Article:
As hot weather continues, emergency vets ask pet owners to be cautious

MADISON, Wis. – As a prolonged stretch of high temperatures continues into a new week, emergency veterinarians are reminding pet owners to be vigilant when it comes to keeping an eye on their animals.

When it’s hot out and humid out, the dog has very limited ability to cool themselves down,” said emergency vet Tristan Daugherty-Leiter, who works at VCA Veterinary Emergency Service & Veterinary Specialty Center in Middleton. “Dogs don’t sweat to any appreciable degree, so what you have to worry about is dogs cool themselves by evaporative breathing, so they pant. When it’s humid out, there’s no evaporation because the air is already saturated with water.”

Daugherty-Leiter says for some dog breeds, it doesn’t take much time for heatstroke to set in on a hot and humid day.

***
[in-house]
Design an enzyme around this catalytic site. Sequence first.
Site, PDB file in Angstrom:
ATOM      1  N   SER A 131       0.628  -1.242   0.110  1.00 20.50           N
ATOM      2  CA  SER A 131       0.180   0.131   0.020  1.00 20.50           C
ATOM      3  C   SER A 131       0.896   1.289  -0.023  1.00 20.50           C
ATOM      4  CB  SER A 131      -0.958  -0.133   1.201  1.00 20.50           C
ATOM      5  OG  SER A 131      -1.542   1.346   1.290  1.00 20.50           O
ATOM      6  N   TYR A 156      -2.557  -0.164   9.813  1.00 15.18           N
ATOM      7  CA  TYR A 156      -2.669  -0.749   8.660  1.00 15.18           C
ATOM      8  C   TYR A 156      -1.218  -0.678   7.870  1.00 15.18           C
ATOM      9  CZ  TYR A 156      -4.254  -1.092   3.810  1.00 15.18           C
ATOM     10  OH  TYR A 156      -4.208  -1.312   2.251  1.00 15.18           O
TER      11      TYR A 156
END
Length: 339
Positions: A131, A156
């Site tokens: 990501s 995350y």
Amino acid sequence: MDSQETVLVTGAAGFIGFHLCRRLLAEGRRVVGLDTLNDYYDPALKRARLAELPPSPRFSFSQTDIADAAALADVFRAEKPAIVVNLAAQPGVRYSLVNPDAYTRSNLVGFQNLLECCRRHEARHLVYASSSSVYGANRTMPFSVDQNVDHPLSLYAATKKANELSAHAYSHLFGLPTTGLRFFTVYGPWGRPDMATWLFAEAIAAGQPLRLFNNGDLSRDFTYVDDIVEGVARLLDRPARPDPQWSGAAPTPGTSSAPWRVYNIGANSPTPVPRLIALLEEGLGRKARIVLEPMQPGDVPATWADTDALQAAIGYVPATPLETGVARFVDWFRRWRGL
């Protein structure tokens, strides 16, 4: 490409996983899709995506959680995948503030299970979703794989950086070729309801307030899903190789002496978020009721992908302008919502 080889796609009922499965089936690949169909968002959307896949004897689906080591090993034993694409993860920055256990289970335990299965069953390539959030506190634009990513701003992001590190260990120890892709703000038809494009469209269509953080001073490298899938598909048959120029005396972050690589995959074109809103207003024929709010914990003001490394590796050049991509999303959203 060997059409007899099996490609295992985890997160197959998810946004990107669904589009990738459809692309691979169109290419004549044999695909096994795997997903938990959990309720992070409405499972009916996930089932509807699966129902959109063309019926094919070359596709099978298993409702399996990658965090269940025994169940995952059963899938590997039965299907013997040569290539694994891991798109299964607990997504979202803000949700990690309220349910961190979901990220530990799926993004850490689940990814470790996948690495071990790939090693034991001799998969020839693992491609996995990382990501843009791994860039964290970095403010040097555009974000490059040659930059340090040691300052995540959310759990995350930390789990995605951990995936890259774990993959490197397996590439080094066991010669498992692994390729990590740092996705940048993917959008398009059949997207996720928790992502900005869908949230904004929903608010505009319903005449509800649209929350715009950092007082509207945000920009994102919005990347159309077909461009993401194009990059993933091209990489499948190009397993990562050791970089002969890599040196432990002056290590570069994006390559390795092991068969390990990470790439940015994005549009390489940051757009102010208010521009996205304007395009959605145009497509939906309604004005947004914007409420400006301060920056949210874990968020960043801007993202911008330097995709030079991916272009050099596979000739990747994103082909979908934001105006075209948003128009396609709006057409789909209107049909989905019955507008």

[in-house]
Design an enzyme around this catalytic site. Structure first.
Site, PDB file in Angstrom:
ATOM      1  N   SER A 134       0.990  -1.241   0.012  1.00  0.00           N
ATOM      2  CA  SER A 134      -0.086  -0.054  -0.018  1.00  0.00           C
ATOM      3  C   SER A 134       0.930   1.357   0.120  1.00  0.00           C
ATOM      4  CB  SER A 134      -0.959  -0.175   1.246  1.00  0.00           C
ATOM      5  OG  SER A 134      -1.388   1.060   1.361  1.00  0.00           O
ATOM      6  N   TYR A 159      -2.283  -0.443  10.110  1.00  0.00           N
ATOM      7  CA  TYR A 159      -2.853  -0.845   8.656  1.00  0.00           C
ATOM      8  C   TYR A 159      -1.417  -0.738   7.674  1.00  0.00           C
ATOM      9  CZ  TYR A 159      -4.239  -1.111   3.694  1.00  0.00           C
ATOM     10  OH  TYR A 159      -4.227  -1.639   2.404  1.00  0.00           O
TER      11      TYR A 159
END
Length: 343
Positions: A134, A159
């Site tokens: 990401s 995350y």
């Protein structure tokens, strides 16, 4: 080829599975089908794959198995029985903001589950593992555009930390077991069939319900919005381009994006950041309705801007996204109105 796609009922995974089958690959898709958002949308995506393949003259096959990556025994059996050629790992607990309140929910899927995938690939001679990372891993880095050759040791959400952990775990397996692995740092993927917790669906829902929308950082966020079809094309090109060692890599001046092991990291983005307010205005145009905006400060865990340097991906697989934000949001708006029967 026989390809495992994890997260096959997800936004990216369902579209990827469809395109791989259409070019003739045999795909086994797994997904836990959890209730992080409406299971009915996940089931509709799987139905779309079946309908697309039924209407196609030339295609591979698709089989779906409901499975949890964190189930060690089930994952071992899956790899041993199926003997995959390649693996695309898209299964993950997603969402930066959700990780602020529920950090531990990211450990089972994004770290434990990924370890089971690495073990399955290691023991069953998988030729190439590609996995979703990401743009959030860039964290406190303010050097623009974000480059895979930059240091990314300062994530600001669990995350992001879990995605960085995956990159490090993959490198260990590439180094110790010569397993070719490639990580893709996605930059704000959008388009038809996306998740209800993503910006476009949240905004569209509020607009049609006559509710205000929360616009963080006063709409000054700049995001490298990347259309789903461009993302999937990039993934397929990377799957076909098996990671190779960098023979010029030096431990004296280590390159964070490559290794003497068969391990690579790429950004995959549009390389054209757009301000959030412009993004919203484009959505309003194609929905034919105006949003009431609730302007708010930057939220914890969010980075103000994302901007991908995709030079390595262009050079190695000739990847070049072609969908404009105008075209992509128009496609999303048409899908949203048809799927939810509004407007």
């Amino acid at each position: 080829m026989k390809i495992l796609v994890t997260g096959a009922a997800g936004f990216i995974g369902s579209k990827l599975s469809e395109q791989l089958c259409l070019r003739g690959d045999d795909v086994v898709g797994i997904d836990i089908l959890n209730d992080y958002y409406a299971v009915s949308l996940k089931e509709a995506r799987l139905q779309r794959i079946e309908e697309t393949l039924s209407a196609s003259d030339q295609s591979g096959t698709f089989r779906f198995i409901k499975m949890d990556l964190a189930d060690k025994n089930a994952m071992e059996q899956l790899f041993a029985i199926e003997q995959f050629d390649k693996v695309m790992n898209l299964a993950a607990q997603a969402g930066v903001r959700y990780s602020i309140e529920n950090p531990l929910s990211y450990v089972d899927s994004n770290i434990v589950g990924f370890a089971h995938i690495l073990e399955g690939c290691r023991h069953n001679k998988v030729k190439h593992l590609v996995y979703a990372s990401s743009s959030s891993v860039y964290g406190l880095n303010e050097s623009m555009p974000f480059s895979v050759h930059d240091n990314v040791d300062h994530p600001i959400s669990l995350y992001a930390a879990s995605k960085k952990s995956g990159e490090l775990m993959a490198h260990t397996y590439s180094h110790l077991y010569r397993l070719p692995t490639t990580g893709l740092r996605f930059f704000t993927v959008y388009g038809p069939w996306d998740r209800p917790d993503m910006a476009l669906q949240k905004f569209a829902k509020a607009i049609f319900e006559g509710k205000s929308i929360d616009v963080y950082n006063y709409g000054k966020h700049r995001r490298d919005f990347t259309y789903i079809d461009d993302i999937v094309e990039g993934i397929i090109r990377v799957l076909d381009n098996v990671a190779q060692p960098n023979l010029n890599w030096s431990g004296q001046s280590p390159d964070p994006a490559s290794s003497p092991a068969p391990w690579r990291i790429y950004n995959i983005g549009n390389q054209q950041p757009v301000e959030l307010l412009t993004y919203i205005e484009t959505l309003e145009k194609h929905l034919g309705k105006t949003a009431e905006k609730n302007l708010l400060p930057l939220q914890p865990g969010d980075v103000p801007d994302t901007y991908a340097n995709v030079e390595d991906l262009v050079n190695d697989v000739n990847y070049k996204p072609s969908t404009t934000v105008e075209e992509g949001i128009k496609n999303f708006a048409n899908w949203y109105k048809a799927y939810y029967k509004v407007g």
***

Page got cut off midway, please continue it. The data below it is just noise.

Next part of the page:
We’ve seen dogs collapse and get real hot within 15 minutes to a half hour,” he said. “Owners will take their dogs out for a run and within a really short period of time, they’ll stop running, thick ropey drool, panting heavily, and then sometimes collapse, then they come it that way. It can happen quickly.”

The emergency vet says if you are going to exercise your pet, it’s best to do it early or late in the day to avoid direct sunlight. He says by catching signs of heat exhaustion early, dogs can be treated with cooling and fluids. For more severe cases of heatstroke, however, liver and kidney damage can occur, as well as blood clotting.

“We’re very cautious of the heat,” said Amy Good of the Dane County Humane Society. “You just have to watch them to make sure they’re doing okay.”

Good says in addition to shade, water, and rest to keep dogs cool, dog owners can get creative by freezing treats.

You don’t have to know a lot about how dogs work to just use common sense,” Daugherty-Leiter said. “If it’s super hot and humid, just take it easy.”